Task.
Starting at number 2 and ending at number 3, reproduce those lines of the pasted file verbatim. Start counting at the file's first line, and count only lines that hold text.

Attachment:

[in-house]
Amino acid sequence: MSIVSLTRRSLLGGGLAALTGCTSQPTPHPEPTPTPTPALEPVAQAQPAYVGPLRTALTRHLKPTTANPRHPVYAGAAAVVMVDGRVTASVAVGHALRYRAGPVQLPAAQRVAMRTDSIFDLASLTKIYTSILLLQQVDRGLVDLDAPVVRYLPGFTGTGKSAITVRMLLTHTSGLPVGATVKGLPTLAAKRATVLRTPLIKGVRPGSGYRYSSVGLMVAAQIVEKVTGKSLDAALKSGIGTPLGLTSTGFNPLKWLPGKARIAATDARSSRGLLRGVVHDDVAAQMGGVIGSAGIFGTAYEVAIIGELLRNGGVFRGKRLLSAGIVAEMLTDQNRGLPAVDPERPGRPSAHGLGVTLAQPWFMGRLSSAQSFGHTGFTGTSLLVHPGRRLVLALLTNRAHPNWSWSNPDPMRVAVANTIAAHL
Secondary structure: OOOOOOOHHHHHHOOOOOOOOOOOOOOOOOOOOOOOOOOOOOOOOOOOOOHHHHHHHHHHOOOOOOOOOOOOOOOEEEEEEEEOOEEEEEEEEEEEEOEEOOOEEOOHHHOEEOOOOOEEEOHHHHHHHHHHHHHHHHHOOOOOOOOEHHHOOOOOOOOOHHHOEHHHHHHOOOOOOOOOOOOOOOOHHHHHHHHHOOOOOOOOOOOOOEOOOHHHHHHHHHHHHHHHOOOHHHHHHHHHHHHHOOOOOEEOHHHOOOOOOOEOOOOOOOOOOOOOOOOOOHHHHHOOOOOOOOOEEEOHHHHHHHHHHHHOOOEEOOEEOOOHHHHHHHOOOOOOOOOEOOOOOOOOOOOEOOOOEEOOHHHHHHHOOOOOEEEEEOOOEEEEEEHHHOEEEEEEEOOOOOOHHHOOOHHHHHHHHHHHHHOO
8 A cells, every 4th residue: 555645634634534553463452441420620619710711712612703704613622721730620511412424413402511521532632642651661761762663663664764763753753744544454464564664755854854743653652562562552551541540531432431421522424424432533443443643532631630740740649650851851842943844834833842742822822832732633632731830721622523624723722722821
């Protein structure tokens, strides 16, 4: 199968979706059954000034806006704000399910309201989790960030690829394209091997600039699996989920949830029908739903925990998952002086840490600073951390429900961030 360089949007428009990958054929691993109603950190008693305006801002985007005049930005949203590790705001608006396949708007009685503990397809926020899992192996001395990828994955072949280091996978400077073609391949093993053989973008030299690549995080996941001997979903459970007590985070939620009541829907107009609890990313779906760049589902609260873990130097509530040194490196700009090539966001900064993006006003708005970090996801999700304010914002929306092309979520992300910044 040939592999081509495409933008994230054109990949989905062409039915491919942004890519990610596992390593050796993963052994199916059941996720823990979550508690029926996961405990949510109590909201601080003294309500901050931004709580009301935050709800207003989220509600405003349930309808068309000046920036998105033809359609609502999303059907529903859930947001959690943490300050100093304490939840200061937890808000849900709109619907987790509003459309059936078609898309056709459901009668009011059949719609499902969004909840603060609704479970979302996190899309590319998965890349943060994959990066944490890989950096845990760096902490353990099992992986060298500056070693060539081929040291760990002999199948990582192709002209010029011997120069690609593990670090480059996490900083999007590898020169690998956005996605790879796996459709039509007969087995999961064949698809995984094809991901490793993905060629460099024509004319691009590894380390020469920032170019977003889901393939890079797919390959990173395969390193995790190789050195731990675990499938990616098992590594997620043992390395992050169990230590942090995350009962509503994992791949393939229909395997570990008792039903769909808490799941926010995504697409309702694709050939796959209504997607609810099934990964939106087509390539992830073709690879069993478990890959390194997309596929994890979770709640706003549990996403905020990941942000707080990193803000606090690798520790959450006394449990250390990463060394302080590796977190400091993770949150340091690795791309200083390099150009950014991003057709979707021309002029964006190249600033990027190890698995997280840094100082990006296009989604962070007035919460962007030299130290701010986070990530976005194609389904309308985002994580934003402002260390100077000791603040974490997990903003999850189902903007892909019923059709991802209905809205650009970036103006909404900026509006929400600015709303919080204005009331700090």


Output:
Amino acid sequence: MSIVSLTRRSLLGGGLAALTGCTSQPTPHPEPTPTPTPALEPVAQAQPAYVGPLRTALTRHLKPTTANPRHPVYAGAAAVVMVDGRVTASVAVGHALRYRAGPVQLPAAQRVAMRTDSIFDLASLTKIYTSILLLQQVDRGLVDLDAPVVRYLPGFTGTGKSAITVRMLLTHTSGLPVGATVKGLPTLAAKRATVLRTPLIKGVRPGSGYRYSSVGLMVAAQIVEKVTGKSLDAALKSGIGTPLGLTSTGFNPLKWLPGKARIAATDARSSRGLLRGVVHDDVAAQMGGVIGSAGIFGTAYEVAIIGELLRNGGVFRGKRLLSAGIVAEMLTDQNRGLPAVDPERPGRPSAHGLGVTLAQPWFMGRLSSAQSFGHTGFTGTSLLVHPGRRLVLALLTNRAHPNWSWSNPDPMRVAVANTIAAHL
Secondary structure: OOOOOOOHHHHHHOOOOOOOOOOOOOOOOOOOOOOOOOOOOOOOOOOOOOHHHHHHHHHHOOOOOOOOOOOOOOOEEEEEEEEOOEEEEEEEEEEEEOEEOOOEEOOHHHOEEOOOOOEEEOHHHHHHHHHHHHHHHHHOOOOOOOOEHHHOOOOOOOOOHHHOEHHHHHHOOOOOOOOOOOOOOOOHHHHHHHHHOOOOOOOOOOOOOEOOOHHHHHHHHHHHHHHHOOOHHHHHHHHHHHHHOOOOOEEOHHHOOOOOOOEOOOOOOOOOOOOOOOOOOHHHHHOOOOOOOOOEEEOHHHHHHHHHHHHOOOEEOOEEOOOHHHHHHHOOOOOOOOOEOOOOOOOOOOOEOOOOEEOOHHHHHHHOOOOOEEEEEOOOEEEEEEHHHOEEEEEEEOOOOOOHHHOOOHHHHHHHHHHHHHOO